A screening is a two hour interview looking at a broad range of historical, academic, study habits/skills, academic frustrations and emotional components. The screening will not yield a diagnosis, rather, it assists in the decision making process for recommending next steps.

To schedule a screening or request additional information please contact:

The Office of Disability Services
Screening and Referral Graduate Assistant
Student Success Center, Suite 1202

Is my screening confidential?

All information is confidential, unless you sign a release, indicate intent of harming yourself or others, indicate past or present child abuse, or indicate a medical emergency.

How do I get started?

If you are frustrated with your learning, scheduling a screening and referral appointment may be helpful. Prior to scheduling your referral appointment, visit the Office of Disability Services to obtain the required paperwork.  

What to expect at your screening appointment.

The screening consists of a two-hour interview and a brief behavioral self-report assessment. The interview covers topics ranging from educational background, study habits/skills, sleeping/eating habits, academic frustrations and social-emotional components. The screening process is conducted by the Screening and Referral graduate assistant in the School Psychology program. The graduate assistant composes a confidential write up of interview responses. With this information, the graduate assistant and members from the ISLA triage committee formulate appropriate recommendations. An informing session is then scheduled in order to share these recommendations.

What happens after the interview?

A follow up meeting will be scheduled to discuss recommendations made by the interprofessional committee. Recommendations may include referral for a comprehensive diagnostic assessment (i.e. testing) at the Interprofessional Services for Learning Assessment (ISLA) Clinic or with other qualified diagnosticians. Comprehensive evaluations are performed by a licensed psychologist (PhD or PsyD) who has training in and experience doing these types of specialized evaluations. You can get recommendations from your family doctor, therapist, other parents, or your high school. Referrals to other JMU resources may also be provided. If you are not referred for a comprehensive diagnostic assessment you will be given recommendations for support services located on and off campus.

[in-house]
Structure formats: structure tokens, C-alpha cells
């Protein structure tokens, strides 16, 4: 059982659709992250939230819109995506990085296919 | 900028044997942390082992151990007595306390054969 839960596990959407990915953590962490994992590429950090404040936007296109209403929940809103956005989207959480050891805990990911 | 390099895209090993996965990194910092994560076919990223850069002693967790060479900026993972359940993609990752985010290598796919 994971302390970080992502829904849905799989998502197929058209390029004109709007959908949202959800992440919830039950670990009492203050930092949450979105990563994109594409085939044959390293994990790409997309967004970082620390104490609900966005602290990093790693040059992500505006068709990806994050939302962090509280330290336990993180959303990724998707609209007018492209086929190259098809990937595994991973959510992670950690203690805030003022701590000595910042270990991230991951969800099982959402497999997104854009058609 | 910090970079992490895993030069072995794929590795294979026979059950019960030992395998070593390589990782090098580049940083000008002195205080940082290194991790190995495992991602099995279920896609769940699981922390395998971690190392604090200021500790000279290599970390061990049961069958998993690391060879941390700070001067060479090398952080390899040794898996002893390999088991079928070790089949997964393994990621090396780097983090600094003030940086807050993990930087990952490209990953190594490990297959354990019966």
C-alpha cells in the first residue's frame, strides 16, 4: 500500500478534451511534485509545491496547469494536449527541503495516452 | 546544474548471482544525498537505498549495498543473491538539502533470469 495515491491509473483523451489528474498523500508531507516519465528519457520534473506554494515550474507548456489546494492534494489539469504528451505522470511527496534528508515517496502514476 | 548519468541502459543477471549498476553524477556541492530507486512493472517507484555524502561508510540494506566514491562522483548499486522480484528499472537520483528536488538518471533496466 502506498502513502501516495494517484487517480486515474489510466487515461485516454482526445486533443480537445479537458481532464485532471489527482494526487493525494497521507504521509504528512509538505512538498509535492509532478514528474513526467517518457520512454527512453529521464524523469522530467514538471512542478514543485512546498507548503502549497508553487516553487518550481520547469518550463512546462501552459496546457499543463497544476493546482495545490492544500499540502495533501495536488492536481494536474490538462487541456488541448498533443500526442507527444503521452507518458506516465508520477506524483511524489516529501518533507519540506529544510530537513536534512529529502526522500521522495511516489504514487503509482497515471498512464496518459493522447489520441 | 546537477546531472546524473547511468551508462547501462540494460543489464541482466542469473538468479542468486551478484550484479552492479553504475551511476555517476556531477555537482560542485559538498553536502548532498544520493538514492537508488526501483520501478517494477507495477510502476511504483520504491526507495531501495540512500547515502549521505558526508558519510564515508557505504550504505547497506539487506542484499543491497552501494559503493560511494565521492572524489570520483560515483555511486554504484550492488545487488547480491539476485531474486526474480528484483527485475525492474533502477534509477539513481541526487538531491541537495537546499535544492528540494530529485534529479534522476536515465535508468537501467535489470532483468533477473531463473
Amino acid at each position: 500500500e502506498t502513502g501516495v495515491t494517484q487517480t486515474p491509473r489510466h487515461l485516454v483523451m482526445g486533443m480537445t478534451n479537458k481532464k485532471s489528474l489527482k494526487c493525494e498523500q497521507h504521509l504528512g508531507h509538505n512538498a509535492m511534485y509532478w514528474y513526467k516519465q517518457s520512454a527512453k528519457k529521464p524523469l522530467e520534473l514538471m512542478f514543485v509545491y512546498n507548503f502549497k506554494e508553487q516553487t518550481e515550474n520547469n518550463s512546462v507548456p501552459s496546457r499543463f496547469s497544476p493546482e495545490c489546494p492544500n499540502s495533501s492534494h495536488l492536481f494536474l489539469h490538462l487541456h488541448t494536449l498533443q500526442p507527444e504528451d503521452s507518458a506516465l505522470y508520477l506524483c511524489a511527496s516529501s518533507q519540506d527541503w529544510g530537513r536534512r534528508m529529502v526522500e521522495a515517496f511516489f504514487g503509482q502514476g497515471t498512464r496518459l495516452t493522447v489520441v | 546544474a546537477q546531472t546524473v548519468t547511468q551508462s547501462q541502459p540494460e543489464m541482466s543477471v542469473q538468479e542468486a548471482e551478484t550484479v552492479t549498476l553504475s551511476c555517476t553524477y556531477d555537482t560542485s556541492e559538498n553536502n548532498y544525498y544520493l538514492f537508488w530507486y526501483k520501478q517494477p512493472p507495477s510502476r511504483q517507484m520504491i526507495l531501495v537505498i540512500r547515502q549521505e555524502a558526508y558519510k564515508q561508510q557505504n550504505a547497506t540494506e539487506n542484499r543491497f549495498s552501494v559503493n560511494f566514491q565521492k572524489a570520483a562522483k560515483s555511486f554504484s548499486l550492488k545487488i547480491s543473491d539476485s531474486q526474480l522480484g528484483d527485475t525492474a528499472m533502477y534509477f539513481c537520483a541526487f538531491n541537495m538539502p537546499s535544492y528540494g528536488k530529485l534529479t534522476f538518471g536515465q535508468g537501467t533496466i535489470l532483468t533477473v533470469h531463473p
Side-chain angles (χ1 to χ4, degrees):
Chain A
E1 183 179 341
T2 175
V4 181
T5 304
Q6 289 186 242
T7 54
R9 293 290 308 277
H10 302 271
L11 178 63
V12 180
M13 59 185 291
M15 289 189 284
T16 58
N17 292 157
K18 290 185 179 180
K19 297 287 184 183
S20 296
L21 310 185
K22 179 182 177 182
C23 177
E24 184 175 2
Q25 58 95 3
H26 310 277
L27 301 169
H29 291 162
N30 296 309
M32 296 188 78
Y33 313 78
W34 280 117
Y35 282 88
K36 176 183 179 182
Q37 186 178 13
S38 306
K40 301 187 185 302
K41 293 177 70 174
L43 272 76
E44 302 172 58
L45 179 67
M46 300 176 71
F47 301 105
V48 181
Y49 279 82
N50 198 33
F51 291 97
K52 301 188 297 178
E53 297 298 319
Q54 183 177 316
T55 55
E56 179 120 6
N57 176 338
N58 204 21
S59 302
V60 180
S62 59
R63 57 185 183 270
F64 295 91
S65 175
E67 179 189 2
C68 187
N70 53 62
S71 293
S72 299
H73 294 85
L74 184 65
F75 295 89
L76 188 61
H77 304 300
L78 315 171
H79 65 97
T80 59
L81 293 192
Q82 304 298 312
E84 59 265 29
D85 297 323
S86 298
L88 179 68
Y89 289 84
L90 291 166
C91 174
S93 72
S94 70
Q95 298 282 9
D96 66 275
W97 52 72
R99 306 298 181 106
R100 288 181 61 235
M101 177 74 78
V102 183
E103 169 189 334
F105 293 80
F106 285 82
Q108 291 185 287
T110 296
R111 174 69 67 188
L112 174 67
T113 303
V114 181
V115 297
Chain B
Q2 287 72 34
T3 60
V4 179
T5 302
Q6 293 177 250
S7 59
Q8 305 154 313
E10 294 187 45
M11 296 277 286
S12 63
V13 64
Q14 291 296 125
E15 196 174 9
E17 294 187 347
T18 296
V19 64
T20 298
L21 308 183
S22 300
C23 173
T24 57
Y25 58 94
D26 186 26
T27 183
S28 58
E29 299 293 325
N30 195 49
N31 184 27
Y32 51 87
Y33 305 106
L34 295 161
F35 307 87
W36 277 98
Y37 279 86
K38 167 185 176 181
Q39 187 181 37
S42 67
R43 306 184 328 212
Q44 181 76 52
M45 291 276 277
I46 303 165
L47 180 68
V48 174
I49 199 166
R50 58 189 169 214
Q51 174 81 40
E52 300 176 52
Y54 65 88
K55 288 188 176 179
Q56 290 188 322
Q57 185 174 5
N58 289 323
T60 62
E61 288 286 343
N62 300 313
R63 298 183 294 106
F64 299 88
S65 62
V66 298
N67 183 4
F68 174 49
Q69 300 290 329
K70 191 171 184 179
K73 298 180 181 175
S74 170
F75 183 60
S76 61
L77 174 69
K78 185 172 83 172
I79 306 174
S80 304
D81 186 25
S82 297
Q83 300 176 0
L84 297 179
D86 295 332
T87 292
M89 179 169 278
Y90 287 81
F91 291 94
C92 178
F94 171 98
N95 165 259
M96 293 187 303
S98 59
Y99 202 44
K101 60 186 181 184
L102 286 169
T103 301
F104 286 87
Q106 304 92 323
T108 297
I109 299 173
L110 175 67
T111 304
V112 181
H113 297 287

What do I do if a comprehensive diagnostic assessment is not recommended?

You will be encouraged to seek out and utilize existing university resources such as the Learning Centers, Learning Strategies Instruction (LSI),Career and University Advising, University Career Center or  Counseling Center.

What happens after a comprehensive diagnostic assessment if I am diagnosed with a disability?

If you receive a diagnosis and you need to request accommodations due to the identified functional limitations of a disability, you will need to contact the Office of Disability Services (ODS).  Visit the ODS website for more information about  getting started.  You will need to submit a copy of your assessment report along with the ODS application. Please allow approximately two weeks after submission of your report for the staff to review your file and then ODS will call you to schedule a registration appointment.


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